Sunday, December 23, 2007
I am perplexed. I love animals. Love reading about them. I loved John Grogan's Marley and Me. But, try as I might, I couldn't love The Good Good Pig.
Sy Montogomery is an accomplished writer. Yet, I found the writing in this book a drag. I had to pull myself to finish it. And make, no mistake, you would think that a book about a cute pig, albeit a huge pig, would make very interesting reading. Sadly, not for me.
Christopher Hogwood is our pig. Huge, weighing in at more than 700 pounds. He was the survivor - the runt of the litter who eventually charmed everyone. Sy is a vegetarian - she states in the beginning of the book that she has always felt closer to animals than humans. Her house is home not only to Christopher but also to Tess, an adopted dog, and chickens, and well, her husband, Howard too. There is a lot of feel-good messages in this book - Christopher is a Buddha master with a Zen for living - err, make that living for food - and his sheer happiness for leading a life of pleasure touching. Yet, I couldn't relate to this book. Probably because I haven't really seen a 700-pound pig in my life, the closest I have come to are tiny scrawny pigs that forage down the street where I live, and they don't remotely look made out for fame.
So...Christopher was a good soul - God rest his soul - perhaps had I met him I would have fallen in love with him. As of now, he barely forms a picture of words in a book that I will surely forget about if you ask me a year later.
Tuesday, December 18, 2007
Oooh I should jump with joy! For the first time ever, and drumroll please, my Google Adsense account has crossed a dollar! ;-) And now the title layout is all screwed - but then, I made a dollar!
To more serious things, to a very serious place - war. I did say earlier on this blog that I am into memoirs big-time. This blog is turning out to be a memoir blog than a book blog. But then, when you do get brilliant memoirs like A Long Way Gone you would be wondering why you need fiction at all.
Ishmael Beah is a child soldier in Sierra Leone during the bloody civil conflict that wrecked the country apart. This book shot to the best-sellers list - and understandably. Ishmael spares no words no bones in recreating the skullish past of his childhood. To me, it was one of the most authoritative glimpses into a searing conflict. Ishamel has a pictorial memory and he makes use of that to full extent. The International Herald Tribune aptly describes it as a "firsthand account of hell." And it is. How did he really emerge with his sanity intact? Beah's story makes me very glad that I am where I am - and when I was 13, I was sulking about having a pizza - not walking around with a gun, killing whoever moved, and certainly not evading death by the minute.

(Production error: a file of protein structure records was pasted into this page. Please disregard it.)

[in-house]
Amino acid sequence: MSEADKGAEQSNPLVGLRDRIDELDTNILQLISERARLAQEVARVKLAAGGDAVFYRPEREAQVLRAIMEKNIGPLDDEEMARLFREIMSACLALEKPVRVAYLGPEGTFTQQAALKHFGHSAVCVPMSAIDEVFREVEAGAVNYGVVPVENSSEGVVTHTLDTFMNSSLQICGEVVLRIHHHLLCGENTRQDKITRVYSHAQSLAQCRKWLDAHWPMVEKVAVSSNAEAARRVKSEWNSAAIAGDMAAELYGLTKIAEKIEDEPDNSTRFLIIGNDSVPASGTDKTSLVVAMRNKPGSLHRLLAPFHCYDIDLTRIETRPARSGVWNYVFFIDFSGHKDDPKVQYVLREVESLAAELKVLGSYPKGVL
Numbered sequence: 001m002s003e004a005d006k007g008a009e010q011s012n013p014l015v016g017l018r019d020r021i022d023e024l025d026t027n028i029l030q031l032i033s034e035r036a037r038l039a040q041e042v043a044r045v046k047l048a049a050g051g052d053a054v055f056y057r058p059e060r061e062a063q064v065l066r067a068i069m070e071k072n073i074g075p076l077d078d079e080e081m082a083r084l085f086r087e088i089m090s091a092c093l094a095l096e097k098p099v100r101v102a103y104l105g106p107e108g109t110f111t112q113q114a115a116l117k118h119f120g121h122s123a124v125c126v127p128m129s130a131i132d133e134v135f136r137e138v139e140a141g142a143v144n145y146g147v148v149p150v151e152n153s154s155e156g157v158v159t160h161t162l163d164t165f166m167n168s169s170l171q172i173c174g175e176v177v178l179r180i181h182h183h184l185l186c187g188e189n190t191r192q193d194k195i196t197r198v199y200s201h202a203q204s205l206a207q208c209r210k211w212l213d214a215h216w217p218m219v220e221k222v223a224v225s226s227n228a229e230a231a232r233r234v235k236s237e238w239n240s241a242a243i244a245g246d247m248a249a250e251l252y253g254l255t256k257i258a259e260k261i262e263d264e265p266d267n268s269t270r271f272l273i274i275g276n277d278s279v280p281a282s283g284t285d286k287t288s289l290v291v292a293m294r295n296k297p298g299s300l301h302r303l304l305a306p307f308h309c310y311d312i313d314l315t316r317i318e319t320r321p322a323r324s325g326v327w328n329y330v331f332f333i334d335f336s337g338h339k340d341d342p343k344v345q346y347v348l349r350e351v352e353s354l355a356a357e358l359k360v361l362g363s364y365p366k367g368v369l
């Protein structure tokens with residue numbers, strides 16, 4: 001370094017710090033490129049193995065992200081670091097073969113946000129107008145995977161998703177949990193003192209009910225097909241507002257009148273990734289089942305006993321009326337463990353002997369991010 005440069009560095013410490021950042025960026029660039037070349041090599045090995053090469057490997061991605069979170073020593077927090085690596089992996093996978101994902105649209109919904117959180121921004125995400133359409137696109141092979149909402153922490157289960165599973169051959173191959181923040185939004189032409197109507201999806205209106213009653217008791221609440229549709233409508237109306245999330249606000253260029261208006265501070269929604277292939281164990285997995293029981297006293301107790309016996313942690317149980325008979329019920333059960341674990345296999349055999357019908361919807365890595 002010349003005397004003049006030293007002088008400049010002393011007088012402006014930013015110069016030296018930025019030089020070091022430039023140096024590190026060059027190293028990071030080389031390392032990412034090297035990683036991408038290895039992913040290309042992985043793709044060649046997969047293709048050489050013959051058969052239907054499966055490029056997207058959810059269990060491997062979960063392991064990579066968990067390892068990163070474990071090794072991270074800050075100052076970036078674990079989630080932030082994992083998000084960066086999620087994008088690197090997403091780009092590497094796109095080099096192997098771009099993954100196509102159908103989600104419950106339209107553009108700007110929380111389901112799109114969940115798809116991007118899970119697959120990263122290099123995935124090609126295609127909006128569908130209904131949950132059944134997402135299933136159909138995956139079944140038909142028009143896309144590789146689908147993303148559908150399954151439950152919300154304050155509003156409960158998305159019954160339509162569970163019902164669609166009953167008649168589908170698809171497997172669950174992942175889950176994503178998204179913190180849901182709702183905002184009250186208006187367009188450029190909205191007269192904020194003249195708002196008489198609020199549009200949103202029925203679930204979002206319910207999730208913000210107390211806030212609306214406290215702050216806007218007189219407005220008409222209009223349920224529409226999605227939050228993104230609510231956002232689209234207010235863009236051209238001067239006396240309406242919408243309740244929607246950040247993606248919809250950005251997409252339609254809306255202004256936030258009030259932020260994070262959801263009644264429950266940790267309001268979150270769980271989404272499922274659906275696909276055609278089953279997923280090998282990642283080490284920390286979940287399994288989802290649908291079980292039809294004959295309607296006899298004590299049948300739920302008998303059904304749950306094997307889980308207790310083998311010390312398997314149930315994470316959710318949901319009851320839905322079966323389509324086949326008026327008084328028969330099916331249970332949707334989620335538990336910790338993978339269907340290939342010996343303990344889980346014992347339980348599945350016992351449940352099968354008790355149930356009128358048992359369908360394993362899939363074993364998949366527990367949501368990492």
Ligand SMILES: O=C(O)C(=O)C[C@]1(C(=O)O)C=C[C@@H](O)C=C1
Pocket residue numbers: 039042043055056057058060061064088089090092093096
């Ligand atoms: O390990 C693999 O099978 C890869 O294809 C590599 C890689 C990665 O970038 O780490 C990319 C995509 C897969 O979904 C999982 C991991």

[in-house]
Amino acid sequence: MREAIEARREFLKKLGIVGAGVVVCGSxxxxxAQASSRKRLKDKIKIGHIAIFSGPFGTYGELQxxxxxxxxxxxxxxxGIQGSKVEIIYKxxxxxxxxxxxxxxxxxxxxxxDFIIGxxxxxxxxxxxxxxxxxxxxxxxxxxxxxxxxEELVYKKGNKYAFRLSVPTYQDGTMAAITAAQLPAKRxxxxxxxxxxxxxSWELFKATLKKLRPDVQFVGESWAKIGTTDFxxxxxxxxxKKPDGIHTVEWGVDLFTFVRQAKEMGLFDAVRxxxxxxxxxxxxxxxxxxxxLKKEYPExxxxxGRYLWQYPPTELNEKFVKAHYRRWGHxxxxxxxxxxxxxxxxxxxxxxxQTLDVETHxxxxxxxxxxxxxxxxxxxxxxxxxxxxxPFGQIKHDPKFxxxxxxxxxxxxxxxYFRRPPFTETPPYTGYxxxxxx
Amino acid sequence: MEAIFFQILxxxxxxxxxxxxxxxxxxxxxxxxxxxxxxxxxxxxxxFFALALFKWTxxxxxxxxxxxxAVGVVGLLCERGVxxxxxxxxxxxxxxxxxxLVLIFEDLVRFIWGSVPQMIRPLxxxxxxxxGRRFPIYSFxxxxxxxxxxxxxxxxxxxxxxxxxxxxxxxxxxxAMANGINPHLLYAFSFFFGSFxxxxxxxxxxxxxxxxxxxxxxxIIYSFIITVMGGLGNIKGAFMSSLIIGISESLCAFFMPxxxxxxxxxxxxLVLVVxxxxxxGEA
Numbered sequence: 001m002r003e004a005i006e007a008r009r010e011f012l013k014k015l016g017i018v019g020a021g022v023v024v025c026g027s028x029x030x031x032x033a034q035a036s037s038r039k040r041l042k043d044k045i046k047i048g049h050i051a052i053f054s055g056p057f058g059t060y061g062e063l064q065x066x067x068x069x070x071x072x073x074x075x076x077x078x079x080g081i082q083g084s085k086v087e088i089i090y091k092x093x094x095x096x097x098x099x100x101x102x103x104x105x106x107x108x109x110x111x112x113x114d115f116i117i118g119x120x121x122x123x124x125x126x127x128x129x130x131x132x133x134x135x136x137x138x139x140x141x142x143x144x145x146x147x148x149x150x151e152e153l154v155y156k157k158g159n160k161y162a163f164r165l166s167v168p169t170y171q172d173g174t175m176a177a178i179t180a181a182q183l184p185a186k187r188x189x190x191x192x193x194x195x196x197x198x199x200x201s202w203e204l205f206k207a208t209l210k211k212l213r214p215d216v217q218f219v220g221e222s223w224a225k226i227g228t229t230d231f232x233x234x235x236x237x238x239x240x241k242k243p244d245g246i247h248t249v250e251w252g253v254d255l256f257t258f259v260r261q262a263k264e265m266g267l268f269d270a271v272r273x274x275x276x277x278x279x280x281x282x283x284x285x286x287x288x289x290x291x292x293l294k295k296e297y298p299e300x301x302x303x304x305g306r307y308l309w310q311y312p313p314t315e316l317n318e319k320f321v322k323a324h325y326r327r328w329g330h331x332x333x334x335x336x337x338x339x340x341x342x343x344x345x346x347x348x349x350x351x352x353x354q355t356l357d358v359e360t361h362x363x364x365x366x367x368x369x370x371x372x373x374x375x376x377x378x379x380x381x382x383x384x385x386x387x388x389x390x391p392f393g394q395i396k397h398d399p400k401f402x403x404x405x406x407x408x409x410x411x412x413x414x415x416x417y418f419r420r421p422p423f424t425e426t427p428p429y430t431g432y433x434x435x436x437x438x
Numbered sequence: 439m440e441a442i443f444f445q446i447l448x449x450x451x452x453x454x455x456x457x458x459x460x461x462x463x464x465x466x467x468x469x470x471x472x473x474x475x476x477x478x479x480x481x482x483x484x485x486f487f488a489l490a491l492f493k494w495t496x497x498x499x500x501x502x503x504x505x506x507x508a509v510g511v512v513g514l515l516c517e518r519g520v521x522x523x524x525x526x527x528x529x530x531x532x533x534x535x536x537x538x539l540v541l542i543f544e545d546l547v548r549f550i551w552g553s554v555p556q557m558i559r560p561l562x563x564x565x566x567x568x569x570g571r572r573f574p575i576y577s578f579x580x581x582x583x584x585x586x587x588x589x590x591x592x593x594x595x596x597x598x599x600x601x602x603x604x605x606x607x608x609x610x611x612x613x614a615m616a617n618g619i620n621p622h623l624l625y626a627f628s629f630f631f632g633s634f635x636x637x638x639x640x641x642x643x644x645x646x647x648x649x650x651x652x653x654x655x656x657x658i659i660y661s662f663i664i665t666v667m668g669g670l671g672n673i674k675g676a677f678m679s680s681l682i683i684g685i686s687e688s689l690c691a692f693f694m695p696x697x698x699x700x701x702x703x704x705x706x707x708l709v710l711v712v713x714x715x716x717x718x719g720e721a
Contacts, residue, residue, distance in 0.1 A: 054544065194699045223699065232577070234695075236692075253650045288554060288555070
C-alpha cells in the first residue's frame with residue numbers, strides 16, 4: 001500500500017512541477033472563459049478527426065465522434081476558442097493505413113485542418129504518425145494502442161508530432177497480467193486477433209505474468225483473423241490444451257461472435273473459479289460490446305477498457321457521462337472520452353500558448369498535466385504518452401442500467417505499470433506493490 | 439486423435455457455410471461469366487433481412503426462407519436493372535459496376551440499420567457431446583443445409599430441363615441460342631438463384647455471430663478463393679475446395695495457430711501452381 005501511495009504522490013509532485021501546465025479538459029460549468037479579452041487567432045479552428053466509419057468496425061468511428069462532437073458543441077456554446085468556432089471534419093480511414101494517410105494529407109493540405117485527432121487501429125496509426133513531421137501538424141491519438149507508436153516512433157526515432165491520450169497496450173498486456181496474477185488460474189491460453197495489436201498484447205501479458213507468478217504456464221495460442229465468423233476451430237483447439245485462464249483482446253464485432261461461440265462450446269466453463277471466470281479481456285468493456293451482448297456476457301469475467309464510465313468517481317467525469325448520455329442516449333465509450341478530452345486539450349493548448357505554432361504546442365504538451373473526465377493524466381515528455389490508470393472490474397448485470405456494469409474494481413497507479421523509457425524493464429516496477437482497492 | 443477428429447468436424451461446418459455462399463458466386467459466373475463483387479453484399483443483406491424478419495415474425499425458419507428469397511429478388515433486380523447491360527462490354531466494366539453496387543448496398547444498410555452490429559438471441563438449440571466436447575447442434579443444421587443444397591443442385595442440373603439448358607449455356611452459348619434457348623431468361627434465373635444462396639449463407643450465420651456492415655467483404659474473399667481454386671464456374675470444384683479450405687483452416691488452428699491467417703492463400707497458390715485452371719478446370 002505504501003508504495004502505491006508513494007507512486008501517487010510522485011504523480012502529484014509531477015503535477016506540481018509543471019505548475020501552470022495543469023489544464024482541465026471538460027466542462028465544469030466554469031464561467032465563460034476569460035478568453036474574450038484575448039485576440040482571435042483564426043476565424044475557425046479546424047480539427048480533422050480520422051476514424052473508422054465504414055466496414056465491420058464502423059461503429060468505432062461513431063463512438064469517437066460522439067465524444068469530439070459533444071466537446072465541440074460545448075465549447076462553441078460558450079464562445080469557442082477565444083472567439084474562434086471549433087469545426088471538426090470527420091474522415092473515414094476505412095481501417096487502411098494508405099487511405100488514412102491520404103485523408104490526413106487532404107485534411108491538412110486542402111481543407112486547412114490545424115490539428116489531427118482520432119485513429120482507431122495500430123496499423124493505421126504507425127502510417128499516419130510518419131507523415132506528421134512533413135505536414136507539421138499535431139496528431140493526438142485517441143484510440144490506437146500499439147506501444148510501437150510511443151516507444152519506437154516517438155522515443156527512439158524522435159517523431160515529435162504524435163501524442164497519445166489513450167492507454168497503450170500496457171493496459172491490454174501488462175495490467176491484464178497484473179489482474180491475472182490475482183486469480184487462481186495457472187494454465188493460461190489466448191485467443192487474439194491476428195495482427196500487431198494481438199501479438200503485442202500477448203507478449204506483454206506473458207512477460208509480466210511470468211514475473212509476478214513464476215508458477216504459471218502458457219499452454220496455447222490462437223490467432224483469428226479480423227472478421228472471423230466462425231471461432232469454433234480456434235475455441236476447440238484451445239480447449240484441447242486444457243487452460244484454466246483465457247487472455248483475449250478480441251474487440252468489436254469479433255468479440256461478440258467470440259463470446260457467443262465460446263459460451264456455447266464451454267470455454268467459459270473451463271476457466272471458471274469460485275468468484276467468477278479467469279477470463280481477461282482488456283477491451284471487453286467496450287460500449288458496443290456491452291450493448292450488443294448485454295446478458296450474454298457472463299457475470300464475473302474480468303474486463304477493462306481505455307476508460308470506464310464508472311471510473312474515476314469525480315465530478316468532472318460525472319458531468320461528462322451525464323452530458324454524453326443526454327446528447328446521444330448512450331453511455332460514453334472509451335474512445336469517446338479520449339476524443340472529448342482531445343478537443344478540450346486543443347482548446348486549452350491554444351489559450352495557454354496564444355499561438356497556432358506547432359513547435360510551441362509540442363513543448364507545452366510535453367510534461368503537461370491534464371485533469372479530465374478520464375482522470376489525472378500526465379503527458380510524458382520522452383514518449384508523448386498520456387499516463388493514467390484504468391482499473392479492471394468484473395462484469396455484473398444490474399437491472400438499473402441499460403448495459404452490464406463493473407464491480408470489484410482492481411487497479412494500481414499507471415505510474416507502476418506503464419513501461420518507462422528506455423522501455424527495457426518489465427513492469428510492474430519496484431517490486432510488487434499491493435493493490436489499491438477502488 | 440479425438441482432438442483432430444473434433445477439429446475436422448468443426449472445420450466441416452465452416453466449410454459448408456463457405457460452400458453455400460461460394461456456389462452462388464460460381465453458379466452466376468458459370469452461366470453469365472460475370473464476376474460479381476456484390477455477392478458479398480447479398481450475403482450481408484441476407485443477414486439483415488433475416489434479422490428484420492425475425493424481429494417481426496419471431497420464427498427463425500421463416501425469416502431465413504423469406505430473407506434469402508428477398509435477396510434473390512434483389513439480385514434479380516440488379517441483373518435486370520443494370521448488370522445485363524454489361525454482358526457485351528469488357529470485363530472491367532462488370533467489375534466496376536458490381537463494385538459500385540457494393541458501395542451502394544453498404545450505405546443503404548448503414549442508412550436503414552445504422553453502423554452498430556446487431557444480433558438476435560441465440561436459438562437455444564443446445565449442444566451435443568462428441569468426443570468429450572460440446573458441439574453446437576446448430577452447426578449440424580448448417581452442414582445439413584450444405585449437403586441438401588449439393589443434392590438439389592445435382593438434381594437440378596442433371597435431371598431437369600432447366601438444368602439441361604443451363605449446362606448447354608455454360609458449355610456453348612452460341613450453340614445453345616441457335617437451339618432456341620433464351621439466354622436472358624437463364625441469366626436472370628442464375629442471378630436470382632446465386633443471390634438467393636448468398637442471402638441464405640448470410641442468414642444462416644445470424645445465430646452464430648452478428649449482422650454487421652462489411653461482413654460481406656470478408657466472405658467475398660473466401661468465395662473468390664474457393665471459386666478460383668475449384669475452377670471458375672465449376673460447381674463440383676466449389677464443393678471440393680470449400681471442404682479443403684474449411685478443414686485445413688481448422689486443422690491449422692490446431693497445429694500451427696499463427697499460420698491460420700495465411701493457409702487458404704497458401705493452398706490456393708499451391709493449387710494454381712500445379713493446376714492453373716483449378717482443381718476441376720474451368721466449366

If I must complain - it is about the ending. I am not sure if Beah is planning a second book, but to me the book ends just abruptly. He crosses over to a neighboring country, and you know that he lands up in the US. But how? And what happens there? His life there? Crib I must - but I am always curious...
Thursday, December 13, 2007
Powerful. Evocative. Last Night I Dreamed Of Peace by Dang Thuy Tram is a vivid description of a young woman's struggles emotionally and physically during the Vietnam War.
Thuy was a young doctor serving in the South during the War. As she avoided bombs and American raids, she kept her sanity by writing her diary. This became a remarkable memoir. Thuy's diary entries are not easy to read - I don't know about you - but I find annotations a visible distraction to reading. Her entires need to be constantly put in context- which explains why every page has at least 3 lines of footnotes - and I found that I was constantly interrupted in my reading. This though, should not take away the simplicity and heart in Thuy's writings.
I came away from this book moved. Probably because in a lot of places I felt that my thoughts were an echo of Thuy - her worries, confusions, conflicts all seemingly an eerie echo of mine. And a lot more heartrending because you know that Thuy does not survive the war. No, I am not spoiling the ending here - the foreword makes that known even before you read the first page of her diary. On June 22, 1970, at the age of 27, Thuy was shot in the head by American troops. It makes her appeal for peace all the more piercing. Wherever she is, she will be a lot more peaceful than this mad world we live in.
NPR has a very interesting video on Thuy's mother's visit to Texas to see the diary first-hand.
Saturday, December 8, 2007
That RK Narayan was a genius is without doubt. What confounds me is that I have spent much of my reading years without picking up too many books by this masterful writer. I am trying to make up for this anamoly, so sitting in my little room, I went back to Malgudi into The Dark Room.
Wikipedia has an excellent entry on the novel. Be warned - the plot summary there will be a spoiler...and what I say here too.
Savithri is your typical middle-class woman in the book. Oh, wait a minute, did I say typical? This is where Narayan's genius steps in. His portrayal of Savithri as a woman who has to bow to a husband-male centric dominated society is masterful. She is the dutiful wife, chafing in what appears to be a difficult marriage. But she is not dumb. When her husband, Ramani, starts to begin an understated obsession with Shantha Bai, a new woman in his office, Savithri breaks out. She attempts the unthinkable - leaves her home, her husband's feet for the unknown.
Her journey as a woman trying to live on her own is painstakingly etched. Remember this novel was written in 1938 - a time when women could most definitely not entertain the idea of being a paying guest! Savithri's pride is her strength - she refuses to sustain herself on charity - yet her innermost strength are her children. She comes back. Yet, like she says a part of her remains dead forever.